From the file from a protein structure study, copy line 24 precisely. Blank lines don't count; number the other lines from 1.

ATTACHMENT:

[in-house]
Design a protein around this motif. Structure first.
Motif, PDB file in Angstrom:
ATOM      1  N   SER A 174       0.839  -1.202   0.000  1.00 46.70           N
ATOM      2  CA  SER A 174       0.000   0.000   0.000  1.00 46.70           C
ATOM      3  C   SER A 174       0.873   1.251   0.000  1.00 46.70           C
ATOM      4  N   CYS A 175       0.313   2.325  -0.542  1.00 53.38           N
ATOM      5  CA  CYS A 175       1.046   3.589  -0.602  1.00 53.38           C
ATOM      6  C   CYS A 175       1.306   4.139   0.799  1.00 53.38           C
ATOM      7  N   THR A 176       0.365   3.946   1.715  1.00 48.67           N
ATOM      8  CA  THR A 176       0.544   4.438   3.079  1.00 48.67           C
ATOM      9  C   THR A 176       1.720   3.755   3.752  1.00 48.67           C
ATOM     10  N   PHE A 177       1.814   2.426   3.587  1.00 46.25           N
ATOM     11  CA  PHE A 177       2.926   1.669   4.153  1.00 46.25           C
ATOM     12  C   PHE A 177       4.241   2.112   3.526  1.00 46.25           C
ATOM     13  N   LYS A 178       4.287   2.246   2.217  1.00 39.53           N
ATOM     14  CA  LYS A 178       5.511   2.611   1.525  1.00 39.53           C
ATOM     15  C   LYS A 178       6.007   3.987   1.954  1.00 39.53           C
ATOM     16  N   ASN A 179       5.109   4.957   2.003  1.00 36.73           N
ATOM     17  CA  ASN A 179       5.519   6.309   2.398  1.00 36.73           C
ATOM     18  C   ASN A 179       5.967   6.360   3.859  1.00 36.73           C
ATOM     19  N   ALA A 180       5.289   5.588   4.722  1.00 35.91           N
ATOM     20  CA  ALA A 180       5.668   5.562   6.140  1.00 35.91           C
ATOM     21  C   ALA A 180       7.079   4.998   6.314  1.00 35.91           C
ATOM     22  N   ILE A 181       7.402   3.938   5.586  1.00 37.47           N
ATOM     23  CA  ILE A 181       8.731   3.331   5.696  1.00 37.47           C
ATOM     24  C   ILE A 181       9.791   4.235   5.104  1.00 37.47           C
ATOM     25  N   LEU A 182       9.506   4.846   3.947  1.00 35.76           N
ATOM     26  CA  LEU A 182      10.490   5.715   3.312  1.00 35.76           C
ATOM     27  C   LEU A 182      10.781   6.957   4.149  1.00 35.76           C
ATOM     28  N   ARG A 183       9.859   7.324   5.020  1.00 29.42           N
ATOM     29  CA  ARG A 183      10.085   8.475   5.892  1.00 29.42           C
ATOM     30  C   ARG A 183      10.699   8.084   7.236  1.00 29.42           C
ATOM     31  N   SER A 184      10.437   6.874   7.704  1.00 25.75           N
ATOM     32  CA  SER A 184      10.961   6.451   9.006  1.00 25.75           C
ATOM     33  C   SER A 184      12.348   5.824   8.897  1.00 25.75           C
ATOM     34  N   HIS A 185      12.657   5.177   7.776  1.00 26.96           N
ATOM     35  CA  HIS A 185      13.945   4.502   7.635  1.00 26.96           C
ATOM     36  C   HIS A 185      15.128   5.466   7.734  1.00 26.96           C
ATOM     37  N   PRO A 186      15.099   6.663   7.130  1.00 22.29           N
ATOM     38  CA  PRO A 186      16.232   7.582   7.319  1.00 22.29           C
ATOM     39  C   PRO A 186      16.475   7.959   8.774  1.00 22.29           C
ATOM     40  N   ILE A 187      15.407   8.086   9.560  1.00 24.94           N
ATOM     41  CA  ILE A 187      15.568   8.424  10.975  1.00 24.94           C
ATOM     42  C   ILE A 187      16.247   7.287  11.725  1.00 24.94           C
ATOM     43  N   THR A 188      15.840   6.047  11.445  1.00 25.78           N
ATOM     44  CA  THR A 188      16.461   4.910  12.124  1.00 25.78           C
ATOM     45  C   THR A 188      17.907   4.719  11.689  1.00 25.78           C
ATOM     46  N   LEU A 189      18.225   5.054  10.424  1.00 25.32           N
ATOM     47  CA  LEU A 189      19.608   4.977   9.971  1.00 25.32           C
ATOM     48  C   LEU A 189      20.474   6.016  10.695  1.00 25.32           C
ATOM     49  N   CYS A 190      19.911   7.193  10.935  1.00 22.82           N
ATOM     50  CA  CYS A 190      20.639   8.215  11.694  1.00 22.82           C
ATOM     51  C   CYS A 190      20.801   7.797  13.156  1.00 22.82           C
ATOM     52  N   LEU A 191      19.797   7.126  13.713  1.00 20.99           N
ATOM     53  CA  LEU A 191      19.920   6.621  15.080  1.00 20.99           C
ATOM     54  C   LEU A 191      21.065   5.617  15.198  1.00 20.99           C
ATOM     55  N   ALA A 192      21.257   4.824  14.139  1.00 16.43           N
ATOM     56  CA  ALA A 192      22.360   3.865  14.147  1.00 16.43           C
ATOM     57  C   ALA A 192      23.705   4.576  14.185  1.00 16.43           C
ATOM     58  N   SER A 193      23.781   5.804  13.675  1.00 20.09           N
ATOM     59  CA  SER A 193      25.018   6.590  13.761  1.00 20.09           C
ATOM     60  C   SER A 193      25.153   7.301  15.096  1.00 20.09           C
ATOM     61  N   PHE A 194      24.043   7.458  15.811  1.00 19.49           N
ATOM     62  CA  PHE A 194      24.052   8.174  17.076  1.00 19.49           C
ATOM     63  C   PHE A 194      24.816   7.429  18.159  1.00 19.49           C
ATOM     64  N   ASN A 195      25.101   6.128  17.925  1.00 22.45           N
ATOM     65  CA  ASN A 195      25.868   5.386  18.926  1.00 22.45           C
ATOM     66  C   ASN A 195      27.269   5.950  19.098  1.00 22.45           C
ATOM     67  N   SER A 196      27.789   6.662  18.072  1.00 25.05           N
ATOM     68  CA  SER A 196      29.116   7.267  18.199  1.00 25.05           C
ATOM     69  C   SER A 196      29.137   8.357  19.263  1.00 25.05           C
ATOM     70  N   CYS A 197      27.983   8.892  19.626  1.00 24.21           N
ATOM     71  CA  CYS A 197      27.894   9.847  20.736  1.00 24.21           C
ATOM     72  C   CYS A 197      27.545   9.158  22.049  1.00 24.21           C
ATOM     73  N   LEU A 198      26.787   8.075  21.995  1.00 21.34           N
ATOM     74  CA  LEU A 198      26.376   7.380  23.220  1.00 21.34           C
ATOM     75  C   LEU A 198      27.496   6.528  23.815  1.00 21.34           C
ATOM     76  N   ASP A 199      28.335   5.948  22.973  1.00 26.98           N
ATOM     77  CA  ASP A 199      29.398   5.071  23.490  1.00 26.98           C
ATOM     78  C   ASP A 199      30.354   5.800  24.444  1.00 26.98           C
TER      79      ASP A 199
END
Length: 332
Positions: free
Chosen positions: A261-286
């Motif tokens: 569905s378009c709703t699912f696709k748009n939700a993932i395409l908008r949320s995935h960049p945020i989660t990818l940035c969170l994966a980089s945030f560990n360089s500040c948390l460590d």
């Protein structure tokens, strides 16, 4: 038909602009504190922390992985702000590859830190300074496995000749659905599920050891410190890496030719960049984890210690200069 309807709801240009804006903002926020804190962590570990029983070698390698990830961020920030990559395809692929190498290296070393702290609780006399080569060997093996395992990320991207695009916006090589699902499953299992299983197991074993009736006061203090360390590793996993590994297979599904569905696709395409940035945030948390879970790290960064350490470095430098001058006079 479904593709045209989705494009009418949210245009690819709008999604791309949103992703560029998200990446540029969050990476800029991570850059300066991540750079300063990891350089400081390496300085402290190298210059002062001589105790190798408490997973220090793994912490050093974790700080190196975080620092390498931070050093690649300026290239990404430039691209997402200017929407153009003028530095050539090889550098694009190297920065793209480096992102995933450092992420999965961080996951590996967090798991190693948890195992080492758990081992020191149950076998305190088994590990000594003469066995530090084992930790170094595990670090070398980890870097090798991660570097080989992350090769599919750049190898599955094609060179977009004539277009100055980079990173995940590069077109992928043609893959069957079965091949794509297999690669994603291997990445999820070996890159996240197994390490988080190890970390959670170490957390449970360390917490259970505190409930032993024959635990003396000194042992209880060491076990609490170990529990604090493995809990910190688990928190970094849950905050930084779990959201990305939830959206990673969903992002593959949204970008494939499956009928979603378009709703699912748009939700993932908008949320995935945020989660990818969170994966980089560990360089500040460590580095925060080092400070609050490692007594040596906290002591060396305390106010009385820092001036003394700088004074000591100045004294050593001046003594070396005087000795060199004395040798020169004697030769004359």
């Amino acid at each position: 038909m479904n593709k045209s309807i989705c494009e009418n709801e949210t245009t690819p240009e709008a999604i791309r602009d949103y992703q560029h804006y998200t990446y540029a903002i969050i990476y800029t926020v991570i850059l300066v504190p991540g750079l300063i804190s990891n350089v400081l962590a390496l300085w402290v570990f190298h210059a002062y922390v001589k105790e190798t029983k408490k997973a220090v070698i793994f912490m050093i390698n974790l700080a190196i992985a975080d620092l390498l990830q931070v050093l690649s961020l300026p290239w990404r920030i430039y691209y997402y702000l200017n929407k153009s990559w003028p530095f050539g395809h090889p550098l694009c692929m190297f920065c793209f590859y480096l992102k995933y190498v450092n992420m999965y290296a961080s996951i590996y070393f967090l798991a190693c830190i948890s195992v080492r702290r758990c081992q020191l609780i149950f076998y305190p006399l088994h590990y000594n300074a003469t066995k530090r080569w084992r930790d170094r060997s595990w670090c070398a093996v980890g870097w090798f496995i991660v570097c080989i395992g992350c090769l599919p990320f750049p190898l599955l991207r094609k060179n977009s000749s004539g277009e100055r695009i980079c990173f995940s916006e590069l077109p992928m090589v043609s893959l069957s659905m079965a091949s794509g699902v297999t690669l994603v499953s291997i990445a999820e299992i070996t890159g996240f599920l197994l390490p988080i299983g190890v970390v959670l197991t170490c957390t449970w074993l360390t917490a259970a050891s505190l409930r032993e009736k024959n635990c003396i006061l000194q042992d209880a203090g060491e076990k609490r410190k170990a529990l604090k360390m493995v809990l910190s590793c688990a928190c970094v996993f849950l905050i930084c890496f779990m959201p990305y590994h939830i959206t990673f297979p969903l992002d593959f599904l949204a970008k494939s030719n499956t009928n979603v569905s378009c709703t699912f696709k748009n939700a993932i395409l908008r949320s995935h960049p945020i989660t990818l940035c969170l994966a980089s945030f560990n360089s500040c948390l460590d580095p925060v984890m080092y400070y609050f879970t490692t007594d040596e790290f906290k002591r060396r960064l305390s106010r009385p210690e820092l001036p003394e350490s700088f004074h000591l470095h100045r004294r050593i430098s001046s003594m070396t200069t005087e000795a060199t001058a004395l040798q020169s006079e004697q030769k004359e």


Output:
ATOM     21  C   ALA A 180       7.079   4.998   6.314  1.00 35.91           C